China's debt mountain is unlikely to spoil its New Year

Will Railton
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China’s debt pile has burgeoned from 150 per cent in 2008 to over 250 per cent last year, but experts disagree on how concerning this really is (Source: Getty)

As China prepares to ring in the year of the Fire Rooster this weekend, its central bank has ordered lenders to strictly control the amount of loans issued in the first quarter of 2017 – an effort to cut the country’s ballooning levels of debt.

China’s debt pile has burgeoned from 150 per cent in 2008 to over 250 per cent last year, but experts disagree on how concerning this really is.

Corporate debt

The Middle Kingdom’s credit levels soared after the financial crisis, when a collapse in demand for its exports threatened the stunning rate of growth enjoyed since reforms approving private enterprise were begun in 1979. Last year alone, non-financial sector debt expanded by nearly 75 per cent. Corporate debt currently stands at 169 per cent of China’s GDP.

The binge began in 2009, when the authorities issued a $600bn stimulus package, administered through the state-banking system. Loans were made to provided loans to state-owned enterprises (SOEs) in industries such as oil, coal, steel and construction, with a view to boosting domestic growth through better infrastructure.

But as China makes its transition from an industrial economy to one which is consumer-led, these indebted industries have entered a structural decline from which they are unlikely to emerge. Easy access to credit has allowed companies to limp on, without any serious threat from defaulting on their obligations, and China has met its target growth rate of 6.5 to seven per cent a year (at least if you believe the official statistics).

The more China borrows, the more it will have to spend servicing its debts – and that will weigh on economic growth in future. “A banking crisis is likely to be avoided yet again in 2017, in light of another year of GDP growth exceeding six per cent,” S&P Global Ratings credit analyst Qiang Liao said last week. “However, the current trajectory is not sustainable”. Indeed, real GDP is forecast to slow this year to 6.2 per cent, down from 6.7 per cent last year.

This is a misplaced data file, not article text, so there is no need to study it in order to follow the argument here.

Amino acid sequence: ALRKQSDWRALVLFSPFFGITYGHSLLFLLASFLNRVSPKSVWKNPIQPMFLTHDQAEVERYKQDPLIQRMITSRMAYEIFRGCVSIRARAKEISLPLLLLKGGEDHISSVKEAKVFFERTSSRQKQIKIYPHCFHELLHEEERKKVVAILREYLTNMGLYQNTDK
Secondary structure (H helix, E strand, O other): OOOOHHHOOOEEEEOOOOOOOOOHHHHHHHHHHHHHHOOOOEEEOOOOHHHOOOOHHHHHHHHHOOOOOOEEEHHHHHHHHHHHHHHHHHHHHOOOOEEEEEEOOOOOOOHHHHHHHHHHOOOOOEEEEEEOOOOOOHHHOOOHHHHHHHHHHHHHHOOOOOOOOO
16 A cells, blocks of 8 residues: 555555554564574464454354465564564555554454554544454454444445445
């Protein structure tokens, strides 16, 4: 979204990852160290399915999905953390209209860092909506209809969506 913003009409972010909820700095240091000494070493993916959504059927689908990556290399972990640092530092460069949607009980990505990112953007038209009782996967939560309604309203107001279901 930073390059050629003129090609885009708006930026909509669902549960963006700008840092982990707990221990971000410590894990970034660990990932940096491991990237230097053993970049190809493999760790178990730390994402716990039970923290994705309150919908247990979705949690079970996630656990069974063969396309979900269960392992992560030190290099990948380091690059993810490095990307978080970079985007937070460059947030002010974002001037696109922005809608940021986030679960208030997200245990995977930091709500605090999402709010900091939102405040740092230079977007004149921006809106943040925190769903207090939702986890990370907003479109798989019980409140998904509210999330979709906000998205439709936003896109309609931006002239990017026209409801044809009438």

Managing things

Nonetheless, many refute the claim that China is heading for a crisis. Little of its debt comes from overseas lenders. Also, there is an expectation that lenders will always have their balance sheets replenished by the government.

“Although the rapidity of debt accumulation is alarming, it is concentrated in the state-owned sector and issued by state owned banks,” writes Ed Smith, allocation strategist at Rathbones. “This presents policy-

makers with far more levers to pull in order to avert any dislocating impact on monetary institutions.”

Debt-to-equity swaps are being forced on so-called zombie companies which are overleveraged and are no longer profitable. In December, the first such restructuring deal was reached with Sinosteel Corporation, with half of a 60bn yuan (£6.9bn) package used to pay creditors, and the rest used to issue convertible debt.

Not only does it have the financial levers, the Communist Party will seek to manage the situation in the least disruptive way, lest civil unrest result from large-scale unemployment.

According to a recent outlook by Macquarie, the risk of default is not China’s main problem – but rather that capital is misallocated “as the majority of credit is poured to the less efficient SOEs and local governments rather than the private sector.”

First world problems

The country’s debt requirements may also ease as it transitions to a more consumer-focused economy, thinks Smith. “The reorientation to a consumer-driven economy looks well advanced. The service sectors are booming, and far less debt is required for the expansion of these capital-light industries,” he writes.

Household borrowing may be a more pressing concern. Consumer lending outstripped saving in China last year, according to S&P, and incomes have not been rising at the same rate as debt levels.

As China looks to the New Year, its biggest economic threat may be its ageing population. Yesterday, the State Council’s population development plan forecasts that 25 per cent of people will be 60 or over by 2030, up from an estimate of 13.3 per cent from 2010. More people living longer is a cause for celebration, of course – but also adds to China’s growing list of future economic dilemmas.

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